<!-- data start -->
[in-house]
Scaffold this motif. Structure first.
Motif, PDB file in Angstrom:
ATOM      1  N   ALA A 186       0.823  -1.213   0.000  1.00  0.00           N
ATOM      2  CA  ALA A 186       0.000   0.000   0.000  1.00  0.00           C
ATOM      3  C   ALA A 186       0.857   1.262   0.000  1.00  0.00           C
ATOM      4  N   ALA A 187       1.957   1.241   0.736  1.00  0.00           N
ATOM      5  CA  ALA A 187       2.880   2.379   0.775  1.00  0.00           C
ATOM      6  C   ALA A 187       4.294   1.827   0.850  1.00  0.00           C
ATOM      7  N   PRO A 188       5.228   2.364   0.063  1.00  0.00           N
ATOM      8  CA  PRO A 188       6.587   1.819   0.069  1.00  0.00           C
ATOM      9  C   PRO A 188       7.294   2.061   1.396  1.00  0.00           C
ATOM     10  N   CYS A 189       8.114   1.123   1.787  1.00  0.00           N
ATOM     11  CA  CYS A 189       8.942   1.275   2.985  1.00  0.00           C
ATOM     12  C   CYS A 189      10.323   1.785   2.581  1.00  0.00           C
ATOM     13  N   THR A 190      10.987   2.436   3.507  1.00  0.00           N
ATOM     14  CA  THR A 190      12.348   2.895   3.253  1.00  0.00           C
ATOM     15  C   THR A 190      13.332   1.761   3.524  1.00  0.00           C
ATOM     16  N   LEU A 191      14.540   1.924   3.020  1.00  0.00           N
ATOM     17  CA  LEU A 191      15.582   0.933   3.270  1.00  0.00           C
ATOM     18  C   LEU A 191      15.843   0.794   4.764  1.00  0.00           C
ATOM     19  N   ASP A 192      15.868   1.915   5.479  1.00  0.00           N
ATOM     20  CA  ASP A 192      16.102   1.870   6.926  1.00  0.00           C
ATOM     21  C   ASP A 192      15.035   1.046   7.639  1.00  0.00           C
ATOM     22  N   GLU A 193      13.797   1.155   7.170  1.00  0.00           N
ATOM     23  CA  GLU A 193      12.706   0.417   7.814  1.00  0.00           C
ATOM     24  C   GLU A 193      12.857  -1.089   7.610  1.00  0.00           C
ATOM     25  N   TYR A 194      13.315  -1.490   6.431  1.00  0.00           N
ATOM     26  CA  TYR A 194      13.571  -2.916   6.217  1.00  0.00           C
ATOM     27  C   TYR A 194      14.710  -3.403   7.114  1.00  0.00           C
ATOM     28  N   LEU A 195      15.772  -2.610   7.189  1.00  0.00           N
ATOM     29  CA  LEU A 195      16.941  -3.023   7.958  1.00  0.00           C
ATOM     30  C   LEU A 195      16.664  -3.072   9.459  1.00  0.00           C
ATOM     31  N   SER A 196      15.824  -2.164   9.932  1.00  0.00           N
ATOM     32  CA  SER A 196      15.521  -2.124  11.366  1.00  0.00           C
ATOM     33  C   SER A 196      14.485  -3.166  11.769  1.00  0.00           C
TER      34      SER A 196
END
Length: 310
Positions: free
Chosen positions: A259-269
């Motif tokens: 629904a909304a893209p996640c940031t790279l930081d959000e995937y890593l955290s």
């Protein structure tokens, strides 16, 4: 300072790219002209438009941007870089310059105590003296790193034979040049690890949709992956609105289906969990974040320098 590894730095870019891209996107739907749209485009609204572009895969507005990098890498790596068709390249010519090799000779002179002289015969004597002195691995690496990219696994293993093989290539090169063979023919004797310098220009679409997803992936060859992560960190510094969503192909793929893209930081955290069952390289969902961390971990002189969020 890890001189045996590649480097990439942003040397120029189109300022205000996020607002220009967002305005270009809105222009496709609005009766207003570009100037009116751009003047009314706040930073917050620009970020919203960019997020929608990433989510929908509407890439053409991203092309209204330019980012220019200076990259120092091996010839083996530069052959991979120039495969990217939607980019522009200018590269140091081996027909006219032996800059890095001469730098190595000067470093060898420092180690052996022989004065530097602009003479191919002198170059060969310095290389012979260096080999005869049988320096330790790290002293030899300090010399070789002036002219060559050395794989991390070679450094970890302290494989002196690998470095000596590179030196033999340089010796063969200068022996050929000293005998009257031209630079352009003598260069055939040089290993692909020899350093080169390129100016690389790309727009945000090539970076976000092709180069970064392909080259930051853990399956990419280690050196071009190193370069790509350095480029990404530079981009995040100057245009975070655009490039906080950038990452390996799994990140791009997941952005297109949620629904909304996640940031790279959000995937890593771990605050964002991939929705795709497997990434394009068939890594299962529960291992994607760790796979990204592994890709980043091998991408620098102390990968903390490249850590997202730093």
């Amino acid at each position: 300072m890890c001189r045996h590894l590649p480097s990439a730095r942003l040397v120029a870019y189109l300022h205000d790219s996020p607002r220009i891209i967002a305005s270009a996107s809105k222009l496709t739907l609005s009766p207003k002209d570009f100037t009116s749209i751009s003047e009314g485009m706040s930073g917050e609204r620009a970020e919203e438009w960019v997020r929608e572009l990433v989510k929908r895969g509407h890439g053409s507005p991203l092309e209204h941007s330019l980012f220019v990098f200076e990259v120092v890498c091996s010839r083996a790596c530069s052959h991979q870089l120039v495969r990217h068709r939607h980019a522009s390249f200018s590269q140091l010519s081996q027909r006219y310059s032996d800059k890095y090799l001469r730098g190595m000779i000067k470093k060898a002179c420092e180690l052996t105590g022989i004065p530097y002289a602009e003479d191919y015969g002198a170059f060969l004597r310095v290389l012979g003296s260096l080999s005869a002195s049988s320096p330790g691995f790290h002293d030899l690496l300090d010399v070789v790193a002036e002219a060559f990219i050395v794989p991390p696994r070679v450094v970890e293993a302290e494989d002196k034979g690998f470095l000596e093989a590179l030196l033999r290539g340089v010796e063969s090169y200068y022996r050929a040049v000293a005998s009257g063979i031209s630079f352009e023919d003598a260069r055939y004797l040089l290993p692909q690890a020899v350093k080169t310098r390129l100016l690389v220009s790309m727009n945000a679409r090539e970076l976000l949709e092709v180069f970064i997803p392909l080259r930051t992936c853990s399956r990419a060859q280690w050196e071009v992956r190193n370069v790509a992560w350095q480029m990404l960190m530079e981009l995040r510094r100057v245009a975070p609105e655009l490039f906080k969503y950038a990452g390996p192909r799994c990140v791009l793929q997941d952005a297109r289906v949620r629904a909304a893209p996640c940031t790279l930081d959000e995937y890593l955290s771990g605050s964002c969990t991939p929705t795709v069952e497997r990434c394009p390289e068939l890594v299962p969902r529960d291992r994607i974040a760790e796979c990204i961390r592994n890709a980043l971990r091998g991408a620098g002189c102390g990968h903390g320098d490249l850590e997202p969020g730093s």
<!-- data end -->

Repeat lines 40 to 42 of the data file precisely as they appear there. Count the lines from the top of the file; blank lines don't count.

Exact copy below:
Positions: free
Chosen positions: A259-269
């Motif tokens: 629904a909304a893209p996640c940031t790279l930081d959000e995937y890593l955290s």